Should I Refinance My Mortgage?


To Secure Lower Interest Rates and Lower Monthly Payments

The first thing to ask yourself when considering refinancing is, “how long am I planning to live in this house?” If you are planning to live in your home for at least 5 more years, refinancing will help you save money in the long term. However, if you’re anticipating putting your home back on the market within just a few years, keep in mind that refinancing costs between 3 and 6 percent of the principal, and will take years to really benefit from any potential savings.

Most lenders suggest refinancing if you can reduce your interest rate by a minimum of 1 percent. This may help you save money, build home equity faster, and shrink your monthly payment. Many homeowners with adjustable-rate mortgages will refinance and switch to a fixed-rate in order to guarantee stability: the monthly payments will not change for the duration of the loan term, which is a sensible option given the potential fluctuation of interest rates in the future of your mortgage.


To Shorten the Loan Term

When interest rates decrease, you may want to take the opportunity to refinance your current loan for one that has a shorter term and similar monthly payments. This is a decision that may be best for some and not others, but is ultimately the most effective way to pay off your mortgage in a shorter amount of time.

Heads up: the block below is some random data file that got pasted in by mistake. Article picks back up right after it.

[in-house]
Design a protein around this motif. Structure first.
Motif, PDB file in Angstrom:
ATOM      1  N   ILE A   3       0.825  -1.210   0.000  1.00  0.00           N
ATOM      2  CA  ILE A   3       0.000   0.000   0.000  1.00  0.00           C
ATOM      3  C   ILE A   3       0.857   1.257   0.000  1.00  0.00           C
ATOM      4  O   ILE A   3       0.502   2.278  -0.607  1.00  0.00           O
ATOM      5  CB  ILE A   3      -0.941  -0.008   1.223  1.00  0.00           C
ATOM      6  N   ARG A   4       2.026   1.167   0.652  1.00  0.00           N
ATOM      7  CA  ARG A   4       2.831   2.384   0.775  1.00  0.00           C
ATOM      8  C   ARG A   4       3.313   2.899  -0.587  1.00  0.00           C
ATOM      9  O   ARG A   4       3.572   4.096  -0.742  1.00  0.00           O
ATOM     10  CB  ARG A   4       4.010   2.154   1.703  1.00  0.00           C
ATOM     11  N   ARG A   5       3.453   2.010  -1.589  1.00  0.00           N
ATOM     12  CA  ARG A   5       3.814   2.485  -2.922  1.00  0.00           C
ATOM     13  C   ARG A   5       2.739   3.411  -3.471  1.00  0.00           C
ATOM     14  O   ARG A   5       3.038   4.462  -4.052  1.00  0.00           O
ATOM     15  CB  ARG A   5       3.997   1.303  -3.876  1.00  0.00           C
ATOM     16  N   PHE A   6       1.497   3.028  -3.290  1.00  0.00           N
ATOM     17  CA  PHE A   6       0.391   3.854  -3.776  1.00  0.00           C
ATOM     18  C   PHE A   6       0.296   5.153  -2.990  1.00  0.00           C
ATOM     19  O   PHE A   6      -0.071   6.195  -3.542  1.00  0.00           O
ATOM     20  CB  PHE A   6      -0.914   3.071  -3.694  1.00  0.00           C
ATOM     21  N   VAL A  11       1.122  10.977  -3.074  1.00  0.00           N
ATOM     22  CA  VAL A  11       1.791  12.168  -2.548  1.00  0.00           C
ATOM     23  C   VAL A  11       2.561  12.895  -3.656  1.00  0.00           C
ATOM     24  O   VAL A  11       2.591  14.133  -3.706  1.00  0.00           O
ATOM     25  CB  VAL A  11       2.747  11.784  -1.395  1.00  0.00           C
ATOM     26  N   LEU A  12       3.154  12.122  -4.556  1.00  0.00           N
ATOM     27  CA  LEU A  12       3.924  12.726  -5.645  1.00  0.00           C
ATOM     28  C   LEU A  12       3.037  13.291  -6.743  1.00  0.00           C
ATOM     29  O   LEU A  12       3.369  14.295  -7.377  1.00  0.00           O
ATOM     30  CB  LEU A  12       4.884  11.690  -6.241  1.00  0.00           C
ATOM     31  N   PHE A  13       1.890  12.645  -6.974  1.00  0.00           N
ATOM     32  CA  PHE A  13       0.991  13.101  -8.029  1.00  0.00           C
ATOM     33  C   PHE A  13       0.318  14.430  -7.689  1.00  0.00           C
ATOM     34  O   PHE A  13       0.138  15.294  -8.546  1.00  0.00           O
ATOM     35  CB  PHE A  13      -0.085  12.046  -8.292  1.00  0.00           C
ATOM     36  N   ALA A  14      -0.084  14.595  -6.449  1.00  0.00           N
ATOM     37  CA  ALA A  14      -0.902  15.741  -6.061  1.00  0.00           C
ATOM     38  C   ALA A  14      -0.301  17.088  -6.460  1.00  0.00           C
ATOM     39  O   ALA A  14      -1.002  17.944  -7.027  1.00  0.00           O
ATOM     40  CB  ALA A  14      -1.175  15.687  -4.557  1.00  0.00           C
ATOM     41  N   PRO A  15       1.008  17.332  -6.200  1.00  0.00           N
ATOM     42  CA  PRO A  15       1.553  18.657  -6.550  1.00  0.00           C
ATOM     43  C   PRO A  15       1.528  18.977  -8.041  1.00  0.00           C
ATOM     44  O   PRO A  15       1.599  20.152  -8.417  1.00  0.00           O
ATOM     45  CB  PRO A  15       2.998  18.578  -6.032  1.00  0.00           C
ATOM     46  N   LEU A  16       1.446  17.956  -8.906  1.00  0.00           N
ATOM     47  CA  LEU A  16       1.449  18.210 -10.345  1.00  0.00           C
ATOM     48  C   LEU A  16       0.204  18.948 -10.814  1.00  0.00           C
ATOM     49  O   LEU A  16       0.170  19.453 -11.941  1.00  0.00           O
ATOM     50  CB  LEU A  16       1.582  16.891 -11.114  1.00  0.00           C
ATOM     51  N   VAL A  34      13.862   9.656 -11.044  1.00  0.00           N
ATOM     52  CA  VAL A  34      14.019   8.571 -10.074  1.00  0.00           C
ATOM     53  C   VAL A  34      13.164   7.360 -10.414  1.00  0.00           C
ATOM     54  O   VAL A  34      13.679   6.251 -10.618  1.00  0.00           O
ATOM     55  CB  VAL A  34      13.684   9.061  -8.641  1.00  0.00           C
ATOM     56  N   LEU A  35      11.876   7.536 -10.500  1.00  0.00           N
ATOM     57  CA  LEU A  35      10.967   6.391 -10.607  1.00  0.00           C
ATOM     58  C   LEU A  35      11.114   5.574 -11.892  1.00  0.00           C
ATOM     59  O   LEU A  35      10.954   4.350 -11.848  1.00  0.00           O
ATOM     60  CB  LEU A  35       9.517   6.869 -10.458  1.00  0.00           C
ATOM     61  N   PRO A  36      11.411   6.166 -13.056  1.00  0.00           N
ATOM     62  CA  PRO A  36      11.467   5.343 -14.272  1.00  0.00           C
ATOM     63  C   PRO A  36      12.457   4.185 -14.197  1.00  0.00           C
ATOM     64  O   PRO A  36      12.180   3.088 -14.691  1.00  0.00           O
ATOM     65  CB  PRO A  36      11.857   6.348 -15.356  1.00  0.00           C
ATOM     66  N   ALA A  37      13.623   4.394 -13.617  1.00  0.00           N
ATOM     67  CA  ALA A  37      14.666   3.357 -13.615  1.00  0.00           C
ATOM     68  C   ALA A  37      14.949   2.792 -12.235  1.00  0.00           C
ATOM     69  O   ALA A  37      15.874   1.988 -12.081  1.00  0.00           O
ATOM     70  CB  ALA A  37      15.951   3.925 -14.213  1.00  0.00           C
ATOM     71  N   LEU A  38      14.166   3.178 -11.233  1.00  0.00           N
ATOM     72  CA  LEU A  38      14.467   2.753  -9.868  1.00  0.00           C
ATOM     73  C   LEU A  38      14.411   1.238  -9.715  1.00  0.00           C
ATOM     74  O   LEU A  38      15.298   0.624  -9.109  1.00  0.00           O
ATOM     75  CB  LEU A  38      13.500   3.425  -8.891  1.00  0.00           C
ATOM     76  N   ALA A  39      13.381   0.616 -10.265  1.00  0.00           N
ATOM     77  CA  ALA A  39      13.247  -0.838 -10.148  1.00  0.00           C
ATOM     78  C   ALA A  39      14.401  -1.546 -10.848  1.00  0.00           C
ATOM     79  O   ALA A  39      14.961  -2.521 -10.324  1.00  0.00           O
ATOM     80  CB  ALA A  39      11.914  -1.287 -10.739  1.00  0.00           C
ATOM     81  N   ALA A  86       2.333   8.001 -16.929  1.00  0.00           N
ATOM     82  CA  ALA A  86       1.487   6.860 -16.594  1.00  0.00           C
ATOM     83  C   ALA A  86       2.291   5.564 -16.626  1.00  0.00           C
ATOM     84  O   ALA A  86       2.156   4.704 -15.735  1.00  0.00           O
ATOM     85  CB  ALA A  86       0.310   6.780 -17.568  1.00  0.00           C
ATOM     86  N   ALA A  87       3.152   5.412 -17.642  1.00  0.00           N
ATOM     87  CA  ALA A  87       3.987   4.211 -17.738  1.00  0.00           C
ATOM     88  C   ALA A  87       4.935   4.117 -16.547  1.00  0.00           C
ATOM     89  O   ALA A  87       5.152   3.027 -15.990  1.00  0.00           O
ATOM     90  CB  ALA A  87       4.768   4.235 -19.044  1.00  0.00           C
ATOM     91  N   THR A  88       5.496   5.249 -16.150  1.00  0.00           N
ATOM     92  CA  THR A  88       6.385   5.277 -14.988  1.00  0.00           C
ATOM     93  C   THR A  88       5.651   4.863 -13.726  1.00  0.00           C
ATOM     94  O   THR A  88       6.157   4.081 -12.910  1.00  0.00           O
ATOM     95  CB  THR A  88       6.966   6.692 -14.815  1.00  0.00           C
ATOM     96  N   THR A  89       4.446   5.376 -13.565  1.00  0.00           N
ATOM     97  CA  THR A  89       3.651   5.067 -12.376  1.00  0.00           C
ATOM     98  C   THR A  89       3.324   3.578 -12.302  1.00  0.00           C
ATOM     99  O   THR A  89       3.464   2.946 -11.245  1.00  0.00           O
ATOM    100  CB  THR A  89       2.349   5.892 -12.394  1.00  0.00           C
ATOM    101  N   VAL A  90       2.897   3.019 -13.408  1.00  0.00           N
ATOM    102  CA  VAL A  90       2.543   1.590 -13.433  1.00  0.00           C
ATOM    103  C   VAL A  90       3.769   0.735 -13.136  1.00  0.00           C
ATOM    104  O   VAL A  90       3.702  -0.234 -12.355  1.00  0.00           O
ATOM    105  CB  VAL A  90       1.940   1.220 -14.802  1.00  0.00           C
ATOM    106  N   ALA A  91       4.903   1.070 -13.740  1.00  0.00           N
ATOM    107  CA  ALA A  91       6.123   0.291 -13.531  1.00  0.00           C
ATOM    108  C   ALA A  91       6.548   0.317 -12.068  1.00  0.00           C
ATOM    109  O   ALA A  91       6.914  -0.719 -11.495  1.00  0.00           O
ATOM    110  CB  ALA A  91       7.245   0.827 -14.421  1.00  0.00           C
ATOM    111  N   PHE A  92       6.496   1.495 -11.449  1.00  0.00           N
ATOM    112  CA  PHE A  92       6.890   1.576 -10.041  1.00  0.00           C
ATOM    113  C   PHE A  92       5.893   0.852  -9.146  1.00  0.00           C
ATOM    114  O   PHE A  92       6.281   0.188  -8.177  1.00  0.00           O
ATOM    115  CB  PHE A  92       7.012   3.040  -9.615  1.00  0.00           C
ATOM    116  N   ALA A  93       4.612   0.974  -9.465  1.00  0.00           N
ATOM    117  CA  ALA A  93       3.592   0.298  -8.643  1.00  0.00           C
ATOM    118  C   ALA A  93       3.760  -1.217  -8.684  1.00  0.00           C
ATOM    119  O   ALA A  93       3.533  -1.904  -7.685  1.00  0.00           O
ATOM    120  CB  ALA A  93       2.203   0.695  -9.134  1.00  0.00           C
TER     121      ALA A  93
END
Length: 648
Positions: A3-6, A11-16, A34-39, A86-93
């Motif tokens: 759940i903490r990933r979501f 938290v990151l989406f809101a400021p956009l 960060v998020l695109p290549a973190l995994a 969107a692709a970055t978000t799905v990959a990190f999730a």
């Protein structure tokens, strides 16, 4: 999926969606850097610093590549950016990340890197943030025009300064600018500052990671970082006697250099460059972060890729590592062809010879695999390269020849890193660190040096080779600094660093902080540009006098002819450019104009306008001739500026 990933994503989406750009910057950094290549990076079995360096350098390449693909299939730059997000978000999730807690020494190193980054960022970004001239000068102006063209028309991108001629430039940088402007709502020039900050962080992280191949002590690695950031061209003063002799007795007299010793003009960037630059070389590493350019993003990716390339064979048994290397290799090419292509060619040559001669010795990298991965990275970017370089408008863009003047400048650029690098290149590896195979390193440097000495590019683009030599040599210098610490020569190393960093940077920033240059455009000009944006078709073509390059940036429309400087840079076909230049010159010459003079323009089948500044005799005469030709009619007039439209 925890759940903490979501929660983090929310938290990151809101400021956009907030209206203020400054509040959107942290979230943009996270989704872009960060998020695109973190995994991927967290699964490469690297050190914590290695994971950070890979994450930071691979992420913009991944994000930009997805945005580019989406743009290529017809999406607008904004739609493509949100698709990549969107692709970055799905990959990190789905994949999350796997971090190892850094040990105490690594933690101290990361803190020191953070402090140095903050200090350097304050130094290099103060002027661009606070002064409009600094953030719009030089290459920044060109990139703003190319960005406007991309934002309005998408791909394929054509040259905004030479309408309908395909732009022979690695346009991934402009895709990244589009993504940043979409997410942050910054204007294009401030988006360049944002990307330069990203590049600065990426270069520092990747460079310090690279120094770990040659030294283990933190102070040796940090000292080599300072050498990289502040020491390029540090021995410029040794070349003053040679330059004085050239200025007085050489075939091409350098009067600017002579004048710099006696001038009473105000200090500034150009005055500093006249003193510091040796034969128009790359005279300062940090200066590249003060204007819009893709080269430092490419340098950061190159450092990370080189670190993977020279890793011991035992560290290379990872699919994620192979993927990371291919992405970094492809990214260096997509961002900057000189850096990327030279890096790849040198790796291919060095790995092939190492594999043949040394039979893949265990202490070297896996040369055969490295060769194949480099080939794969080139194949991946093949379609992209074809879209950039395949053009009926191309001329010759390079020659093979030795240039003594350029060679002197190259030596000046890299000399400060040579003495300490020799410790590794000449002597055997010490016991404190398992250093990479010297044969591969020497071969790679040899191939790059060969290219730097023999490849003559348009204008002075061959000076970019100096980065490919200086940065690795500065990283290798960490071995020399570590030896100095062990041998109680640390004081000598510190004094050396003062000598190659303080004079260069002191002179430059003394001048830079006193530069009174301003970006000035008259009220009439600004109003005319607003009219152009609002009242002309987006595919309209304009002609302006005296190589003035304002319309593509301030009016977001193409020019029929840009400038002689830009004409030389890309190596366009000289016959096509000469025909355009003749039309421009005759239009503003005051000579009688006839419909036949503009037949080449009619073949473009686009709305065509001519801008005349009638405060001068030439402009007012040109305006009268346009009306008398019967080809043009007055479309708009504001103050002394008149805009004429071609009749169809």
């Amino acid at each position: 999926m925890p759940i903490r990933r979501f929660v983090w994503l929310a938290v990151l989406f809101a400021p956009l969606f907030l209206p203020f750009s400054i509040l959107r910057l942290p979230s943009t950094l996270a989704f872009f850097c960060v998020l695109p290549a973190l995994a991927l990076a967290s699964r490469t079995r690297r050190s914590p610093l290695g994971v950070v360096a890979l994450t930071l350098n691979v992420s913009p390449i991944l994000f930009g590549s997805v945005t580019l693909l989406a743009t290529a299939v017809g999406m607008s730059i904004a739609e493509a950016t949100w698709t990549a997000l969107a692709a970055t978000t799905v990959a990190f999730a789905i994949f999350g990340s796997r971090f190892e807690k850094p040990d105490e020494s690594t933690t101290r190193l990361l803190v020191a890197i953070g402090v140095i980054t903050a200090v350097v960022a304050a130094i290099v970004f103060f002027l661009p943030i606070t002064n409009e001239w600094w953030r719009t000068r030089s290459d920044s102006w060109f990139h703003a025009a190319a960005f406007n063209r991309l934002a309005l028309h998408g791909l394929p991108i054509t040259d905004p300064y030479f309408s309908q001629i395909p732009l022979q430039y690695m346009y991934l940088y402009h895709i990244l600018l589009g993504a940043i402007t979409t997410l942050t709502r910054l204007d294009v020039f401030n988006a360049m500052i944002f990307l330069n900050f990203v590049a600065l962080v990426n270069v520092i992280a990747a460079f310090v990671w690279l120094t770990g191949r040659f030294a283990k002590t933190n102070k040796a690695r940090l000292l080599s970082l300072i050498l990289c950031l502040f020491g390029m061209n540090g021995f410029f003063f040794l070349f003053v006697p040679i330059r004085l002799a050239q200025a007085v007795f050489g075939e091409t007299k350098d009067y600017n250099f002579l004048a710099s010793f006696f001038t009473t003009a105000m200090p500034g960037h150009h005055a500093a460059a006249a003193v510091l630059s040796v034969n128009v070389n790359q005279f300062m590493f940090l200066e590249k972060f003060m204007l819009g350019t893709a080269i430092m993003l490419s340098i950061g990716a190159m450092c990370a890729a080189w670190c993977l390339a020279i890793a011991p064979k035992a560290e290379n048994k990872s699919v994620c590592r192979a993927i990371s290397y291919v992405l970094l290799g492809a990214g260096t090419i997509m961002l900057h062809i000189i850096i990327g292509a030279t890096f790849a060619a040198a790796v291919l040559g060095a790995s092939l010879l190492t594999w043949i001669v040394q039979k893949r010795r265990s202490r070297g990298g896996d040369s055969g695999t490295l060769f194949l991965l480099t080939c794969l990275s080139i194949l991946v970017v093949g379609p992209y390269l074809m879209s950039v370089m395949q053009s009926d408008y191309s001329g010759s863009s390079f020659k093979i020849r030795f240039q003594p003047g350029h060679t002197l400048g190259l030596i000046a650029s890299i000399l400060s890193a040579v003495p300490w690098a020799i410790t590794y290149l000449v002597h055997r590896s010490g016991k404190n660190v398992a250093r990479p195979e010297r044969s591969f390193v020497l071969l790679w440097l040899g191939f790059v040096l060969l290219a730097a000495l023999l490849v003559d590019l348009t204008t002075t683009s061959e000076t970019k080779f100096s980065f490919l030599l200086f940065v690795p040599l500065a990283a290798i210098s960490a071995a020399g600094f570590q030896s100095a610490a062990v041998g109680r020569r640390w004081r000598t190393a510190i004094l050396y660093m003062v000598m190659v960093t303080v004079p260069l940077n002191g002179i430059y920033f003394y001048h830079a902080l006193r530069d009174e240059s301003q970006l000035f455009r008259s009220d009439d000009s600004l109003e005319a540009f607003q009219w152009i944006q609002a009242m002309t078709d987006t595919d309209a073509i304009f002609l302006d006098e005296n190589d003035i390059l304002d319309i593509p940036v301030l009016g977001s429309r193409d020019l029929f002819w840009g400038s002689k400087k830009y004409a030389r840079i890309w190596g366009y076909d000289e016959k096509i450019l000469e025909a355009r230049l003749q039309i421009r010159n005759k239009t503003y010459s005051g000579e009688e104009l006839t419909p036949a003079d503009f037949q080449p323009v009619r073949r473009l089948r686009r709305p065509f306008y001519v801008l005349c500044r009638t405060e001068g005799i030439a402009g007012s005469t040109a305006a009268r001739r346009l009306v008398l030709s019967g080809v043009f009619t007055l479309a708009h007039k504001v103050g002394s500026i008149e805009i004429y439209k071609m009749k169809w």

To Tap into Your Home’s Equity

Many homeowners refinance in order to access their home’s equity and use it to cover expenses such as remodeling, college tuition, buying a new car, or paying off credit cards. Tapping your home’s equity is fairly easy to do, and the funds are often tax-deductible. However, refinancing with the intent of consolidating debt is not always the wisest idea, even though you’d be replacing a high-interest debt with a low-interest mortgage.

The reason is that cashing out a portion of your home’s equity increases the number of years you owe on the mortgage, and is rarely worth the cost of refinancing fees for the application, title insurance, and lender’s attorney review. For many homeowners, this has led to an endless cycle of debt, and even bankruptcy! If tapping equity is something you plan on doing, the best way to put the cash to use would be not on a vacation, but rather on home improvements that will help you regain more equity value.


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